Preferential homing of GPR15+ cells to the LILP was observed as early as 2 hours after cell transfer, which suggested that activation of this GPCR may promote integrin-dependent interaction of T cells with the endothelium in the target organ (fig. S5E). Indeed, blocking antibodies against either subunit of the α4β7 integrin inhibited GPR15-mediated homing to the LILP (fig. S5F). Unlike α4β7 and CCR9 (21), GPR15 was not induced by RA (fig. S6). However, GPR15 was induced in T cells treated with a combination of transforming growth factor–β1 (TGF-β1) and either IL-6 or IL-21 (fig. S7), and there was a marked decrease in Gpr15 mRNA in T cells of Tgfb1C33S/C33S mice that have reduced TGF-β1 in vivo (22) (fig. S8, A and B). In contrast, Il21r–/–Il6–/– mice crossed with Gpr15gfp/+ mice had a similar level of GFP expression as control mice (fig. S8C), which suggested that only TGF-β1 is a key regulator of GPR15 expression in vivo. Cells from Gpr15 Het and KO mice were treated with these cytokines to induce GPR15 expression in vitro and were used in the short-term competitive homing assay (Fig. 2D). The results confirmed the importance of endogenously expressed GPR15 in the homing of T cells to the LILP.

We also tested the effect of gut microbiota on GPR15-mediated homing of T cells to the LILP. Treatment of Gpr15gfp/+ mice with a combination of broad-spectrum antibiotics led to a decrease in GPR15 expression (fig. S9A). In contrast, GPR15-overexpressing T cells preferentially migrated to the LILP even in germ-free or antibiotics-treated recipients (fig. S9, B and C). Therefore, microbiota can affect GPR15 expression but are unlikely to produce ligand(s) for GPR15.

Because GPR15 deficiency affected Treg homing to the LILP, we next investigated its role in immune homeostasis in the large intestine. We first examined cytokine production by CD4+ T cells in the large intestines of Gpr15 Het and KO mice. At steady state, there was an increased proportion of interferon (IFN)-γ– and IL-17A–producing cells among total CD4+ T cells in the LILP of Gpr15 KO mice on a 129/B6 mixed background (fig. S10A) but not in C57BL/6-backcrossed mice. However, when C57BL/6-backcrossed mice were injected with CD40 antibody [which induces acute colitis in Rag2–/– mice (23)], inflammatory cytokine expression in the large intestine (but not spleen) was higher in Gpr15 KO mice than in littermate controls (fig. S10, B and C). We next tested the physiological consequences of this inflammatory phenotype in an infection-induced colitis model. When mice were infected with Citrobacter rodentium, the majority of WT mice resolved inflammation and survived. In contrast, most Gpr15 KO mice suffered severe weight loss and died (Fig. 3, A and B). KO mice also exhibited increased inflammation, tissue damage, and inflammatory cytokine expression (Fig. 3, C and D, and fig. S10D), and Treg numbers in the LILP were reduced compared with Het mice (fig. S10E). The large intestine and spleen of Het and KO mice had a similar pathogen load (fig. S10F), which indicated that GPR15 is not required for controlling the infection but rather for dampening the immune response in the large intestine.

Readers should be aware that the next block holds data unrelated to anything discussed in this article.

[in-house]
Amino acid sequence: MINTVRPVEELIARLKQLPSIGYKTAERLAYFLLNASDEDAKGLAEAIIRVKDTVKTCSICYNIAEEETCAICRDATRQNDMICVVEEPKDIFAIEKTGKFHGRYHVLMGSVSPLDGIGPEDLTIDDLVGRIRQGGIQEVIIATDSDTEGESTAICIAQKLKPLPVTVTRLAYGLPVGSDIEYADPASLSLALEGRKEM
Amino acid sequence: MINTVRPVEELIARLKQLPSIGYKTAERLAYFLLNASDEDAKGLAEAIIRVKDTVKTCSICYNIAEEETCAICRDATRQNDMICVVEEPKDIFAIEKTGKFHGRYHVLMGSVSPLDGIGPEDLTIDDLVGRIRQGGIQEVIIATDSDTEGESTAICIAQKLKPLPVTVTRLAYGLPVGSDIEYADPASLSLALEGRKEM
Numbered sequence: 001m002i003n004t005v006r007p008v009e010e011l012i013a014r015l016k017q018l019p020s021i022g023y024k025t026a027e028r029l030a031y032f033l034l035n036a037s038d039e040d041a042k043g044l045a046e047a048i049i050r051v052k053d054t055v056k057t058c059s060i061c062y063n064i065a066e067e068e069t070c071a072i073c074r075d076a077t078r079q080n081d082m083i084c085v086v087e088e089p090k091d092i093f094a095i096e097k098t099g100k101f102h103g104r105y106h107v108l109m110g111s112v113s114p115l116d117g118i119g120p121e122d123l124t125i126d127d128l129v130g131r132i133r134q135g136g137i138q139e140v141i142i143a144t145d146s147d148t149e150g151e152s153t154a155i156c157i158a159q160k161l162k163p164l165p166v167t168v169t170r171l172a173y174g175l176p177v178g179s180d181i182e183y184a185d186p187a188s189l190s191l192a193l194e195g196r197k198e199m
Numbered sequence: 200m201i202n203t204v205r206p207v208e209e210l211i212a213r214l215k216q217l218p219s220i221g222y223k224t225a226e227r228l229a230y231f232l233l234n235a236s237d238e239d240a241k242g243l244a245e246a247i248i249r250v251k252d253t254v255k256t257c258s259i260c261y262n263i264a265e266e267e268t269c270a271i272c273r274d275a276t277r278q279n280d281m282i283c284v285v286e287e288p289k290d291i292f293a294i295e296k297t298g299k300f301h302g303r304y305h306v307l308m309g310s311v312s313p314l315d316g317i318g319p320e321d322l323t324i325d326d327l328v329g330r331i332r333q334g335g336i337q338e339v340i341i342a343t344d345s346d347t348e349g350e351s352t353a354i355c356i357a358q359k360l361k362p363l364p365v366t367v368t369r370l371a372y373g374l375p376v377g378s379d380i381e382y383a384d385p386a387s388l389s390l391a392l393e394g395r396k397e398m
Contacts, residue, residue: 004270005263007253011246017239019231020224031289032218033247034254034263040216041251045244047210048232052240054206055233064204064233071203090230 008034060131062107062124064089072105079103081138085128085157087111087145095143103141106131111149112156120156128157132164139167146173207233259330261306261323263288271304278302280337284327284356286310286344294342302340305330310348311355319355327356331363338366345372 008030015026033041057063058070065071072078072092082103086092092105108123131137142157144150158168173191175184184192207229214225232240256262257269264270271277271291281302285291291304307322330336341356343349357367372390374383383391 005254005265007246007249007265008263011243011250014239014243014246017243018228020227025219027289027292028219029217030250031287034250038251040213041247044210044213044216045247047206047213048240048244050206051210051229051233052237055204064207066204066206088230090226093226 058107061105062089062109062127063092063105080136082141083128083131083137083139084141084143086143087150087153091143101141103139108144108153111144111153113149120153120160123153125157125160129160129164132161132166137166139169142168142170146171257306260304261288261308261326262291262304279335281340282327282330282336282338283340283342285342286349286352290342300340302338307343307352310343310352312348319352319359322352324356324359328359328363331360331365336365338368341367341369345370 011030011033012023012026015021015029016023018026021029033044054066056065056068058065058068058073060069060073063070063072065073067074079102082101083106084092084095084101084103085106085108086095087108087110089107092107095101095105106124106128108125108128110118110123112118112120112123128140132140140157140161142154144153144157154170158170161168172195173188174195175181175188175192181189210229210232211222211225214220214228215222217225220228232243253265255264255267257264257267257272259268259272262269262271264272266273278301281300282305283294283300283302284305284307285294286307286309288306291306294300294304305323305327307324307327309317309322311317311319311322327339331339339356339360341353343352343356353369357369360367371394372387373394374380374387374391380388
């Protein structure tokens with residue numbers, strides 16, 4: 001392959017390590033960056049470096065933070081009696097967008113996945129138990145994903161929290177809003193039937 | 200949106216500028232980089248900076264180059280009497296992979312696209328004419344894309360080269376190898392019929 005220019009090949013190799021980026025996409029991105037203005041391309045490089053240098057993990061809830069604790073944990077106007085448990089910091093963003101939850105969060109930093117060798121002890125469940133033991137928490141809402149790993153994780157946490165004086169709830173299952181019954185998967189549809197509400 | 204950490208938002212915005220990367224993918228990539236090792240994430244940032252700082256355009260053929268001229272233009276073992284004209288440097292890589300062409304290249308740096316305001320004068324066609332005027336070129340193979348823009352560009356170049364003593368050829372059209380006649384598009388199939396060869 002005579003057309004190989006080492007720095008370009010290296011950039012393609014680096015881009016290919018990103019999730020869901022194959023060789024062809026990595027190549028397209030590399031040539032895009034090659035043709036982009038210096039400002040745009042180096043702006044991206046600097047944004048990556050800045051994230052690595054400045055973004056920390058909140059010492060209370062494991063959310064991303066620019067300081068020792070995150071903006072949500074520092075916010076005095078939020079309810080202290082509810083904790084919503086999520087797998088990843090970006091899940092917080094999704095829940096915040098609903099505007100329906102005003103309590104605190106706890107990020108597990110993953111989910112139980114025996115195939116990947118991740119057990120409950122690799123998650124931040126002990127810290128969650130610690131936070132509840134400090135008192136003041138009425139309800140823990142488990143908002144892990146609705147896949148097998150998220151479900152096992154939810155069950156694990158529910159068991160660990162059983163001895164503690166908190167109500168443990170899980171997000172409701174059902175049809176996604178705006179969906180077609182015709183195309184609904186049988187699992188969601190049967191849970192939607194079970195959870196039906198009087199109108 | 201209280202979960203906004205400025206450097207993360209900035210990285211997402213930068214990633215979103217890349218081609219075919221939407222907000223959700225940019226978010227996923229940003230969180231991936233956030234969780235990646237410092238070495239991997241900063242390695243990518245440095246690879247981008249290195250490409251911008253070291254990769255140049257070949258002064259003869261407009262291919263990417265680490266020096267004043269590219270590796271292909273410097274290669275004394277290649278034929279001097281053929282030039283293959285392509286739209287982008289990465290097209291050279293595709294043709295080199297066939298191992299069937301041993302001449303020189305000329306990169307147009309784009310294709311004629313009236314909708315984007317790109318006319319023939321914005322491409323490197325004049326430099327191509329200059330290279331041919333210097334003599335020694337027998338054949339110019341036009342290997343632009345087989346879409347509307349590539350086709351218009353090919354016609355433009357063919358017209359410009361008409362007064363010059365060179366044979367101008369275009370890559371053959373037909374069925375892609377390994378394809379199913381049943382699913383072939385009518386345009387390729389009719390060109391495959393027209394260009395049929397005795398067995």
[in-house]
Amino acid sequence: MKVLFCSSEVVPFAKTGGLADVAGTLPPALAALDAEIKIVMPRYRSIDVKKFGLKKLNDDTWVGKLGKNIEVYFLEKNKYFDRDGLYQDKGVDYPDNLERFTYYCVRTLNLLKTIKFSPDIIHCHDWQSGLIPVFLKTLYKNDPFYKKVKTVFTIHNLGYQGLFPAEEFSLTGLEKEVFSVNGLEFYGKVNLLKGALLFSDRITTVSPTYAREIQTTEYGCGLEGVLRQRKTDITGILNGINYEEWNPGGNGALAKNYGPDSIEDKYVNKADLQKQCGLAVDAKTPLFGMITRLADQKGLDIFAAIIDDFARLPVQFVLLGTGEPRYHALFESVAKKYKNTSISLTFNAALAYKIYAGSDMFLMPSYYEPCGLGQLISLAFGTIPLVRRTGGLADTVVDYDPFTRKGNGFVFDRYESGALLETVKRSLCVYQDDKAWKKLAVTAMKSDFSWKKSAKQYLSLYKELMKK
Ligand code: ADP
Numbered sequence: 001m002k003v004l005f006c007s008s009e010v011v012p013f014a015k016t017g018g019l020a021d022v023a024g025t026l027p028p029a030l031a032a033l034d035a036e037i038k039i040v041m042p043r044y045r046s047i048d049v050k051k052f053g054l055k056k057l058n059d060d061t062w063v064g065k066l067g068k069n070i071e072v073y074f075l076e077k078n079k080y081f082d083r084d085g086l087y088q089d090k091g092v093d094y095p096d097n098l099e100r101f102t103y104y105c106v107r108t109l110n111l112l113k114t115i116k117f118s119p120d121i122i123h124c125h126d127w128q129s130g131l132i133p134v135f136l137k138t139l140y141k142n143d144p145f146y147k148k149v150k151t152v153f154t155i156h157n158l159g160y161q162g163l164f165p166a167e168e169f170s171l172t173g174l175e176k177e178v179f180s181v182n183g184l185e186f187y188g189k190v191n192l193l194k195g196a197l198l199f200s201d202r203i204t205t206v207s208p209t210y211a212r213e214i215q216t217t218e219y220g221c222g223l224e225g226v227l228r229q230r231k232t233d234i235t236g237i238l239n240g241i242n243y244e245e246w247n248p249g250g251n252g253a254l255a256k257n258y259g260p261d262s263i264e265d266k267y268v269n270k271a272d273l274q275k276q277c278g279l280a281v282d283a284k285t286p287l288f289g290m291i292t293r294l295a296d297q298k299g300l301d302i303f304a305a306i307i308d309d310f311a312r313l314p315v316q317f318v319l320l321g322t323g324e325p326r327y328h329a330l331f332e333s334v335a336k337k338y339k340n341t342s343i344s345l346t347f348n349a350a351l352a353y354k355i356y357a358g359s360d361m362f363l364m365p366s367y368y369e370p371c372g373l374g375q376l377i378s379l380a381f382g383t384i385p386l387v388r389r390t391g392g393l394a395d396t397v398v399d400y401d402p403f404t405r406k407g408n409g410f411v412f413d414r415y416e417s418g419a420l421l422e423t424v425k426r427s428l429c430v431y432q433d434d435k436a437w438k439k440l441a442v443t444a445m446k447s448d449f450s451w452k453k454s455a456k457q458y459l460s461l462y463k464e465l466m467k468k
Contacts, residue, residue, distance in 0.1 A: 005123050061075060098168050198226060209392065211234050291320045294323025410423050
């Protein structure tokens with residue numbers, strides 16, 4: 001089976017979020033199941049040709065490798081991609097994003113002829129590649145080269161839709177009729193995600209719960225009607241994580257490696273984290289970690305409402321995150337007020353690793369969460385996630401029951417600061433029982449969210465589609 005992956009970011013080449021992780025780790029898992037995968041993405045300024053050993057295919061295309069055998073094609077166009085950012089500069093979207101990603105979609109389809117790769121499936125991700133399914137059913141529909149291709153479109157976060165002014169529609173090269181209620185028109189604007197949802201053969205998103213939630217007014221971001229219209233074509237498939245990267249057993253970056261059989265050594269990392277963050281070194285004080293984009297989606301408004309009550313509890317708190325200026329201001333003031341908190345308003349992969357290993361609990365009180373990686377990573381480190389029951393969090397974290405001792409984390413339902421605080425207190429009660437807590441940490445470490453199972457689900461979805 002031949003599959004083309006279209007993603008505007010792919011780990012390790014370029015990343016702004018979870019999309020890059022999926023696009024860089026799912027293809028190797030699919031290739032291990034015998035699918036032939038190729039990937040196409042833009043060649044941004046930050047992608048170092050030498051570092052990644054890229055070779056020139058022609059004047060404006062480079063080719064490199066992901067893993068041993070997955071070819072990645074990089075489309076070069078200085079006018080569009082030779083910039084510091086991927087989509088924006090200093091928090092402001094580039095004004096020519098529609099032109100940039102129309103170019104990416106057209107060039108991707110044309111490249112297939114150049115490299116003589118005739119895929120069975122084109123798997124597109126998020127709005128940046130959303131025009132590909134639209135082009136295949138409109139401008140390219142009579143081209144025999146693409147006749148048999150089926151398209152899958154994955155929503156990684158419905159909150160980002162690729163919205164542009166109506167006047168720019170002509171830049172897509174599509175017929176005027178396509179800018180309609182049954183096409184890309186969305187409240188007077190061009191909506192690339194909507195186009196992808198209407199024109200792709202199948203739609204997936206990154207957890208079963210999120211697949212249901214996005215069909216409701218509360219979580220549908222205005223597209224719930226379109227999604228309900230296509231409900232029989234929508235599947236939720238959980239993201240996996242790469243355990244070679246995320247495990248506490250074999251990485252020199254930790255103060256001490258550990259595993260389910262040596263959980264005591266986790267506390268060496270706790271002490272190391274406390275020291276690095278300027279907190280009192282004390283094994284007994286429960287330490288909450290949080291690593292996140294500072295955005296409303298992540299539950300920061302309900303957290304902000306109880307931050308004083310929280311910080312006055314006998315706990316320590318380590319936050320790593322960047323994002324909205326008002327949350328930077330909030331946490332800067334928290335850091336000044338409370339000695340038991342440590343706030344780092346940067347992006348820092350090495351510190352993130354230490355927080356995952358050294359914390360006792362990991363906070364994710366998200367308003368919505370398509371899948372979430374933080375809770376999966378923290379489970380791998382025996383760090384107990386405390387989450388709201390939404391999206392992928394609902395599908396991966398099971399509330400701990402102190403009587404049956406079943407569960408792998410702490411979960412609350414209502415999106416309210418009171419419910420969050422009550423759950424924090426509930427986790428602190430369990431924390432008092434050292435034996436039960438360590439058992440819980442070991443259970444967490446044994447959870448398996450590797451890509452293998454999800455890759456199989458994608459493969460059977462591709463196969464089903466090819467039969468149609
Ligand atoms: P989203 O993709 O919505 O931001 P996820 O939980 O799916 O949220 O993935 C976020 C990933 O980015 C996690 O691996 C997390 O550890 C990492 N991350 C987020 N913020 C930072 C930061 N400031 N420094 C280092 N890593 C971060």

Fig. 3 GPR15-deficient mice are prone to inflammation of the large intestine because of a defect in Tregs.

(A to F) Results after infection of mice with C. rodentium. (A) Kaplan-Meier survival curve of WT and KO mice (WT: n = 9; KO: n = 22, combined from three independent experiments). (B) Weight change (n = 6 to 8, representative of three independent experiments). (C and E) Hematoxylin and eosin (H&E) staining of colon sections (scale bar, 70 μm) of C. rodentium–infected Het and KO mice (C) or of chimeric mice reconstituted with bone marrow progenitors for GPR15-sufficient (WT) or GPR15-deficient (KO) Tregs (E). (D and F) Histology score and inflammation index of colons of Het and KO mice (D) or of mixed–bone marrow chimeras (F) (n = 5 to 6 per group). *P < 0.05 (t test), **P < 0.05 (log-rank test).

To confirm that sensitivity to Citrobacter infection was due to a role of GPR15 in Tregs rather than other T cells, we infected lethally irradiated mice that received mixed bone marrow from Foxp3sf and from either WT or Gpr15 KO mice. In Foxp3sf + Gpr15 KO mixed chimeras, Tregs will develop only from Gpr15 KO bone marrow and will thus lack GPR15 expression, whereas other T cells can develop from GPR15-sufficient Foxp3sf bone marrow. Indeed, Foxp3sf + Gpr15 KO mixed chimeric mice exhibited more severe inflammation and tissue damage than did chimeras generated with WT bone marrow (Fig. 3, E and F), which indicated that GPR15 expression in Tregs is required to prevent severe colitis following Citrobacter infection. This phenotype was not due to a role of GPR15 in regulating Treg function, as WT Tregs and KO Tregs suppressed naïve T cell proliferation equally well (fig. S11A). These results indicate that GPR15 is critical for preventing pathological inflammation in the large intestine during colitis, most likely by regulating Treg homing.